Category Archives: Ranthambhore National Park

Ranthambhore Zone 1-5 closed for safari till 7th October, 2019

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Ranthambhore Gate

Owing to the heavy rainfall in some parts of Rajasthan, safari bookings for zones 1 to 5 have been stopped in Ranthambhore Tiger Reserve, Rajasthan till 7th Oct 2019 and can be extended to 15th October, looking at the heavy downpour in the area.

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The bookings for safari will resume once the weather conditions improve and as the forest department instructs accordingly.

However, current bookings will continue for the safari in zone 6 to 10.

 

 

Rare sighting of 10 days cubs at Ranthambhore National Park

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Whether it’s territorial clash between two grown up tigers or predatory pursuits or carcass gatherings of different animals, seasoned safaris in Ranthambhore National Park have notched up wildlife sightings we can’t imagine. Yet, if you ask us about that once-in-a-lifetime experience in the wild, it would be watching a mother tigress bringing her newborn cubs out in wilds just after 10 days.  The T-84 (Machali Junior) gave birth to new cubs and they were first sighted in zone 2 of Ranthambhore Park on Thursday.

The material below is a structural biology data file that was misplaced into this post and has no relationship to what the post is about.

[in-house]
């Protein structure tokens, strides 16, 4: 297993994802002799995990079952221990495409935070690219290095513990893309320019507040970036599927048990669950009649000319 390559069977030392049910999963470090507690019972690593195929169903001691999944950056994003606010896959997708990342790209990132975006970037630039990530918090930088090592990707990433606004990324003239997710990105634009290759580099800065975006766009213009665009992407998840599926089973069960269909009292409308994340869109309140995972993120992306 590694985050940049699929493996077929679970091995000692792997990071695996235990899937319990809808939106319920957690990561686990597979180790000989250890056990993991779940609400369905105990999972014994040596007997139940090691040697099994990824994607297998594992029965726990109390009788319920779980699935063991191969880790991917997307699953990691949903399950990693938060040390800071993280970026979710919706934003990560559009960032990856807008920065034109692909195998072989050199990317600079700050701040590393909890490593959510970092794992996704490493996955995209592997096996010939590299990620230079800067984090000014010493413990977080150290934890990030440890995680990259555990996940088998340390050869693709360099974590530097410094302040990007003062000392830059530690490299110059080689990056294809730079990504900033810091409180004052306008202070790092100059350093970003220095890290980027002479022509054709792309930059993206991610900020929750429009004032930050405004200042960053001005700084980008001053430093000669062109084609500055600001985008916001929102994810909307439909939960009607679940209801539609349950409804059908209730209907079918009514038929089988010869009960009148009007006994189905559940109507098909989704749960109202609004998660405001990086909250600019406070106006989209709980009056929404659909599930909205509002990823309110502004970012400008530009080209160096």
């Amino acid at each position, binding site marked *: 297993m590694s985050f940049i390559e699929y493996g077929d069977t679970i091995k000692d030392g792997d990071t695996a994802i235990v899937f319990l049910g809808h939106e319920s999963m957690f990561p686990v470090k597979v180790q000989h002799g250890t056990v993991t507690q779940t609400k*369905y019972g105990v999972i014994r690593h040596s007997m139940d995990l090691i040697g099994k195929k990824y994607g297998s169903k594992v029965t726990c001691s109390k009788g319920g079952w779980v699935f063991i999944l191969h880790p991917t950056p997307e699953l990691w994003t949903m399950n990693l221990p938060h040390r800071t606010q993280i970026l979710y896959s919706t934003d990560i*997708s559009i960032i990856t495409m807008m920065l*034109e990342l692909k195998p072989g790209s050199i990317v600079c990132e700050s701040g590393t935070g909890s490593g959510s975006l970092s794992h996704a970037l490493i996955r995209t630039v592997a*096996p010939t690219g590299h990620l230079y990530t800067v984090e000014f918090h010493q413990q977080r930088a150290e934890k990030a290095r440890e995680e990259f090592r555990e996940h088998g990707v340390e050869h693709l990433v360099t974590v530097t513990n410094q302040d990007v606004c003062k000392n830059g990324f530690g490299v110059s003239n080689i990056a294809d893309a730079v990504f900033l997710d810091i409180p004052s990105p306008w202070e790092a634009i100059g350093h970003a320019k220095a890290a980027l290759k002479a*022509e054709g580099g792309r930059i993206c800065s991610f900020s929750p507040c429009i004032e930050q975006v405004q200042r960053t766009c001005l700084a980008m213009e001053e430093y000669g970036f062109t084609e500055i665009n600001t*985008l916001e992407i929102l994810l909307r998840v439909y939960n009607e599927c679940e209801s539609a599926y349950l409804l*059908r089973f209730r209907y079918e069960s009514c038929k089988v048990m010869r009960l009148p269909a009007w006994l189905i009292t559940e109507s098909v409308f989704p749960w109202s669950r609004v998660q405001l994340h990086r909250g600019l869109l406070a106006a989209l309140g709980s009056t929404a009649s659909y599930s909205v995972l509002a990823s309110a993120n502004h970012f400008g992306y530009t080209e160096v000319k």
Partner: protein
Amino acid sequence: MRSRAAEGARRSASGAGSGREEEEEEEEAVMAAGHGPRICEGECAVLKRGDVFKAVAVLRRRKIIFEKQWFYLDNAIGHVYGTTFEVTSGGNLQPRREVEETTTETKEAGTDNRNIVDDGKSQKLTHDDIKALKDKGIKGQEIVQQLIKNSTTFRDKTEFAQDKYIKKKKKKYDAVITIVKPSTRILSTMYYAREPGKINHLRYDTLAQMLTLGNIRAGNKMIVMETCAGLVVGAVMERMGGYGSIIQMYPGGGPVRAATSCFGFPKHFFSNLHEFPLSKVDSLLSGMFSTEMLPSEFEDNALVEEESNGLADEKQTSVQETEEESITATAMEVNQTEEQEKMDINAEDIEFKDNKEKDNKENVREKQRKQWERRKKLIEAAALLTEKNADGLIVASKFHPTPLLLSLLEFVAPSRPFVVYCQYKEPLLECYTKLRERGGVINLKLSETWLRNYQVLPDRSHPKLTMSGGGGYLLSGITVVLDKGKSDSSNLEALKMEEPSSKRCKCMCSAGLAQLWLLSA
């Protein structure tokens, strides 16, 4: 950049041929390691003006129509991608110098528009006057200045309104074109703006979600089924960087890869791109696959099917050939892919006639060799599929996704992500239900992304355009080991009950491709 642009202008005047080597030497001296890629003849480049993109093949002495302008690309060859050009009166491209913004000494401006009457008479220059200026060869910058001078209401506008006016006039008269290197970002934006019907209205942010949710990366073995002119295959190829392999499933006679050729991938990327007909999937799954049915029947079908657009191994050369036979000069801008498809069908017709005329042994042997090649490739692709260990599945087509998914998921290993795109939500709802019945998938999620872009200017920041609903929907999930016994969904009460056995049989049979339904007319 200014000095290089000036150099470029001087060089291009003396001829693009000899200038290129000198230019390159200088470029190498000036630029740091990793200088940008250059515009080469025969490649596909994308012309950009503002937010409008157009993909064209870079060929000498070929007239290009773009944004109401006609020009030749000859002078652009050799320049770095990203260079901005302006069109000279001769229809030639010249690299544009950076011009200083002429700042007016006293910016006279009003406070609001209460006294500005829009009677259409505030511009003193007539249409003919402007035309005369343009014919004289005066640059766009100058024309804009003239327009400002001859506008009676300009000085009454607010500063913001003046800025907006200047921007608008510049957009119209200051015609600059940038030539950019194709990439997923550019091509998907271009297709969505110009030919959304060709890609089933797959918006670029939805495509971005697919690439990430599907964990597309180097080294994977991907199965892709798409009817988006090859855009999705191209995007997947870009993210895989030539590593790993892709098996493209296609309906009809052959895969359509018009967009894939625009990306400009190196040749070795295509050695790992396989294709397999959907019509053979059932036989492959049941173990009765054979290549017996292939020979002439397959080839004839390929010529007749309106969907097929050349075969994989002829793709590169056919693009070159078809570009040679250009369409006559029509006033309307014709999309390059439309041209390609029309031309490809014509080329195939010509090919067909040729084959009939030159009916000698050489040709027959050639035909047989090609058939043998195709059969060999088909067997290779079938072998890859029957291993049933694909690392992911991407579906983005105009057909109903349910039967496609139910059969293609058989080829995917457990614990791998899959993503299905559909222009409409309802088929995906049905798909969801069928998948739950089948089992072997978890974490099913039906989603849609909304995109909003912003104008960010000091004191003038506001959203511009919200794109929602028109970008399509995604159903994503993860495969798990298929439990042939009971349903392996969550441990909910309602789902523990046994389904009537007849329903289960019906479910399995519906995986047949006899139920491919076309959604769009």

T 84 at ranthambhore

Image via Rajasthan Patrika

The mommy tigress in the rare image is showing the signs of recent birth. For the tigers, last few months of their pregnancy are a secret affair: they’ll usually isolate themselves to give birth in a sheltered, hidden spot, where the new arrivals are spirited away for the first four to six weeks of life. “Typically a big cat would move off on its own, give birth and only introduce her litters to open places when they are more capable of fending for themselves. But this is once in a lifetime experience.  Currently, looking at the safety of the cubs, Tiger safari has been stopped at the national park.

Tiger Ranthambhore

But, be ready to witness more action as this summer will be exciting and full of frivolities of these young tigers as Ranthambhore’s Queen aka Arrow-Head will be seen roaming around with the new cubs.

 

Ranthambore National Park Opens for Tourists

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Ranthambore National Park Opens for Tourists